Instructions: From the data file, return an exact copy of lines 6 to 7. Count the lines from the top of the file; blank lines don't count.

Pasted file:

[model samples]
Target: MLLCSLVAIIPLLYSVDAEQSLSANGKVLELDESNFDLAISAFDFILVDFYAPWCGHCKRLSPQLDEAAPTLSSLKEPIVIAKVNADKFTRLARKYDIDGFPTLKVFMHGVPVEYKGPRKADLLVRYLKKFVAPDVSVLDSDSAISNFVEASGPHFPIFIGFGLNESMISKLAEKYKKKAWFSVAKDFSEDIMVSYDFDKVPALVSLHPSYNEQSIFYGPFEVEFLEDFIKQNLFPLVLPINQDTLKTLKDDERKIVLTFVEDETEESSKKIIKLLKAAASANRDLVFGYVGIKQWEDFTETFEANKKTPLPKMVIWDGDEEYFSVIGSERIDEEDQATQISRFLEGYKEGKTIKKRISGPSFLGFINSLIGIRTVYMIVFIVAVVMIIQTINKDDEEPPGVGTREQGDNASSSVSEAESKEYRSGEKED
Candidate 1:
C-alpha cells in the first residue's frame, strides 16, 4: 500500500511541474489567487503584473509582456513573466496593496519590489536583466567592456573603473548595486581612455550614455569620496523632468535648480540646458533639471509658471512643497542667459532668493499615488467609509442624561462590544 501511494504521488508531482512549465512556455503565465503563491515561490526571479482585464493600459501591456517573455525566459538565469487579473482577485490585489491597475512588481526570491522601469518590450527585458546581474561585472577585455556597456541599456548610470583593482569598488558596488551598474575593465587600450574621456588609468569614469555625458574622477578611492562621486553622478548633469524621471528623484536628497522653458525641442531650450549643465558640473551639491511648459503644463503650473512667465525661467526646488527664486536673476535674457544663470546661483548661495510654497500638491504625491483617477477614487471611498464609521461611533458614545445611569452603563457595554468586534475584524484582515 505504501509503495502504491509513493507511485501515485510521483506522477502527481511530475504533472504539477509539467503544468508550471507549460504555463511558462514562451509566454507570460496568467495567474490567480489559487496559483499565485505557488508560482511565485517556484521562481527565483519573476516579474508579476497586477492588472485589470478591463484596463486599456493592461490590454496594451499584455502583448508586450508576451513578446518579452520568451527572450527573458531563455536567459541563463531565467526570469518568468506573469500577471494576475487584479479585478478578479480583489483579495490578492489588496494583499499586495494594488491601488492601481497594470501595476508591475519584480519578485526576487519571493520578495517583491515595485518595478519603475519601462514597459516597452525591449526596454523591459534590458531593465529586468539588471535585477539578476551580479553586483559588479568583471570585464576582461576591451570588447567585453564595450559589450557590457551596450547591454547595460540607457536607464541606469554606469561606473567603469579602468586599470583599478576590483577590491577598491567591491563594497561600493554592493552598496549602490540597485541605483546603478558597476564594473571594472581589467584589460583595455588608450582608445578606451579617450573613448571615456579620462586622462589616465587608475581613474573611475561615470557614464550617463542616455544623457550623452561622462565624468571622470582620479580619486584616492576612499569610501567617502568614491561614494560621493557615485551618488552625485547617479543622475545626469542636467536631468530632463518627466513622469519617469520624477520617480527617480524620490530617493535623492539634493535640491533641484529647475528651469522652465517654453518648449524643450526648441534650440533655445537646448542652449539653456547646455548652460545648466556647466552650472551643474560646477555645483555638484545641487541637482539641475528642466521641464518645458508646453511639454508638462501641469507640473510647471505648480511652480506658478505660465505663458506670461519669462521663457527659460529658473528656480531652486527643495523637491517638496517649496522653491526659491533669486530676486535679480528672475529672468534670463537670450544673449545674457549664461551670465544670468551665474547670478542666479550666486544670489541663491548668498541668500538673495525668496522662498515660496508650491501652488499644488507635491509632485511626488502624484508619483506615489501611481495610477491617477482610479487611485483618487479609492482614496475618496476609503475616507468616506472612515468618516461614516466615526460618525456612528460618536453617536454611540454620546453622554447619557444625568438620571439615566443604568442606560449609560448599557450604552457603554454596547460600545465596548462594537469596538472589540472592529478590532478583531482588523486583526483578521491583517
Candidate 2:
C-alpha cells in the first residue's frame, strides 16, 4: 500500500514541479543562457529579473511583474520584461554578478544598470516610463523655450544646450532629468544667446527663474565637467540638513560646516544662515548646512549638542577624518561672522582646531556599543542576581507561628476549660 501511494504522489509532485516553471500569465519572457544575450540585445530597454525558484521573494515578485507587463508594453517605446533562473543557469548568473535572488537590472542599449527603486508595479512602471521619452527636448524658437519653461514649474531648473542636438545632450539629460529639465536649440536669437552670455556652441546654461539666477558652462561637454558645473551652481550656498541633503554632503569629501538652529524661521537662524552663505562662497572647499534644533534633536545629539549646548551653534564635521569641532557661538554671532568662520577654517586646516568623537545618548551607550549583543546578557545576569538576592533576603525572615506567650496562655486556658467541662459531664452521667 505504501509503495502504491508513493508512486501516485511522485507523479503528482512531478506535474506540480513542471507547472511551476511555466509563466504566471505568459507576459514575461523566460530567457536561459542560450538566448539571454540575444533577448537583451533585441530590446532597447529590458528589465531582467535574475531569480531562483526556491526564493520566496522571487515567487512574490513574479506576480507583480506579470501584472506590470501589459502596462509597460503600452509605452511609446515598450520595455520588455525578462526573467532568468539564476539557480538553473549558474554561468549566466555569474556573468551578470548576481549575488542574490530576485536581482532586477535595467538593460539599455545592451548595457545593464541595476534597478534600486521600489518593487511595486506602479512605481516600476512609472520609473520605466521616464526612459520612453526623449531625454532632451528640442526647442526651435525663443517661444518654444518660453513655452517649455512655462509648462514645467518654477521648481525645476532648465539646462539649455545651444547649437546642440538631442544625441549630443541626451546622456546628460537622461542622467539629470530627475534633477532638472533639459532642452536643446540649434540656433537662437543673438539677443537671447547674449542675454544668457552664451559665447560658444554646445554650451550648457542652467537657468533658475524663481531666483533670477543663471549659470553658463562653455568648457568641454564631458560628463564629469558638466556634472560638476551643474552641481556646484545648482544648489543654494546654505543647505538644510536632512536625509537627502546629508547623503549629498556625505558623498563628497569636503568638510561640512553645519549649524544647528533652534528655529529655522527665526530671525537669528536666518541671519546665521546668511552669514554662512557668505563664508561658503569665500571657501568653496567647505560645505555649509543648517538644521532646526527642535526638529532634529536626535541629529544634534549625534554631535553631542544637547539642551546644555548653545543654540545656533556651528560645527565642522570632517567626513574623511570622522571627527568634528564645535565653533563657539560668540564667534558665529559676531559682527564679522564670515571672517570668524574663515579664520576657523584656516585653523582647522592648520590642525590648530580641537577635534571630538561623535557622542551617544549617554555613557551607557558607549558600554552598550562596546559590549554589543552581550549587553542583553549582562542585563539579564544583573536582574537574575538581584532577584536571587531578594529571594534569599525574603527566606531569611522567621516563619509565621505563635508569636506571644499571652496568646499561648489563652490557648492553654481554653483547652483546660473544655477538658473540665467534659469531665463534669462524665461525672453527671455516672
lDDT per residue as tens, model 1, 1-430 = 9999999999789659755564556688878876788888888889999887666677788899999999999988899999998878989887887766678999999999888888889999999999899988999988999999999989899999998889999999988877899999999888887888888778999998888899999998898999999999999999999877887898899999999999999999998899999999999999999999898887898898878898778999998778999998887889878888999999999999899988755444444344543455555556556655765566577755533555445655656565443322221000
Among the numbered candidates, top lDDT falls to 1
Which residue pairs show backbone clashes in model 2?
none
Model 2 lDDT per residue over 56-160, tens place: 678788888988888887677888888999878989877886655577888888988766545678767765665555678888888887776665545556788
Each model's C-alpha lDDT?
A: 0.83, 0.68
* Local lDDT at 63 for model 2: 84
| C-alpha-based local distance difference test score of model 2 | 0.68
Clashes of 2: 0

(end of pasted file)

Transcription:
C-alpha cells in the first residue's frame, strides 16, 4: 500500500514541479543562457529579473511583474520584461554578478544598470516610463523655450544646450532629468544667446527663474565637467540638513560646516544662515548646512549638542577624518561672522582646531556599543542576581507561628476549660 501511494504522489509532485516553471500569465519572457544575450540585445530597454525558484521573494515578485507587463508594453517605446533562473543557469548568473535572488537590472542599449527603486508595479512602471521619452527636448524658437519653461514649474531648473542636438545632450539629460529639465536649440536669437552670455556652441546654461539666477558652462561637454558645473551652481550656498541633503554632503569629501538652529524661521537662524552663505562662497572647499534644533534633536545629539549646548551653534564635521569641532557661538554671532568662520577654517586646516568623537545618548551607550549583543546578557545576569538576592533576603525572615506567650496562655486556658467541662459531664452521667 505504501509503495502504491508513493508512486501516485511522485507523479503528482512531478506535474506540480513542471507547472511551476511555466509563466504566471505568459507576459514575461523566460530567457536561459542560450538566448539571454540575444533577448537583451533585441530590446532597447529590458528589465531582467535574475531569480531562483526556491526564493520566496522571487515567487512574490513574479506576480507583480506579470501584472506590470501589459502596462509597460503600452509605452511609446515598450520595455520588455525578462526573467532568468539564476539557480538553473549558474554561468549566466555569474556573468551578470548576481549575488542574490530576485536581482532586477535595467538593460539599455545592451548595457545593464541595476534597478534600486521600489518593487511595486506602479512605481516600476512609472520609473520605466521616464526612459520612453526623449531625454532632451528640442526647442526651435525663443517661444518654444518660453513655452517649455512655462509648462514645467518654477521648481525645476532648465539646462539649455545651444547649437546642440538631442544625441549630443541626451546622456546628460537622461542622467539629470530627475534633477532638472533639459532642452536643446540649434540656433537662437543673438539677443537671447547674449542675454544668457552664451559665447560658444554646445554650451550648457542652467537657468533658475524663481531666483533670477543663471549659470553658463562653455568648457568641454564631458560628463564629469558638466556634472560638476551643474552641481556646484545648482544648489543654494546654505543647505538644510536632512536625509537627502546629508547623503549629498556625505558623498563628497569636503568638510561640512553645519549649524544647528533652534528655529529655522527665526530671525537669528536666518541671519546665521546668511552669514554662512557668505563664508561658503569665500571657501568653496567647505560645505555649509543648517538644521532646526527642535526638529532634529536626535541629529544634534549625534554631535553631542544637547539642551546644555548653545543654540545656533556651528560645527565642522570632517567626513574623511570622522571627527568634528564645535565653533563657539560668540564667534558665529559676531559682527564679522564670515571672517570668524574663515579664520576657523584656516585653523582647522592648520590642525590648530580641537577635534571630538561623535557622542551617544549617554555613557551607557558607549558600554552598550562596546559590549554589543552581550549587553542583553549582562542585563539579564544583573536582574537574575538581584532577584536571587531578594529571594534569599525574603527566606531569611522567621516563619509565621505563635508569636506571644499571652496568646499561648489563652490557648492553654481554653483547652483546660473544655477538658473540665467534659469531665463534669462524665461525672453527671455516672
lDDT per residue as tens, model 1, 1-430 = 9999999999789659755564556688878876788888888889999887666677788899999999999988899999998878989887887766678999999999888888889999999999899988999988999999999989899999998889999999988877899999999888887888888778999998888899999998898999999999999999999877887898899999999999999999998899999999999999999999898887898898878898778999998778999998887889878888999999999999899988755444444344543455555556556655765566577755533555445655656565443322221000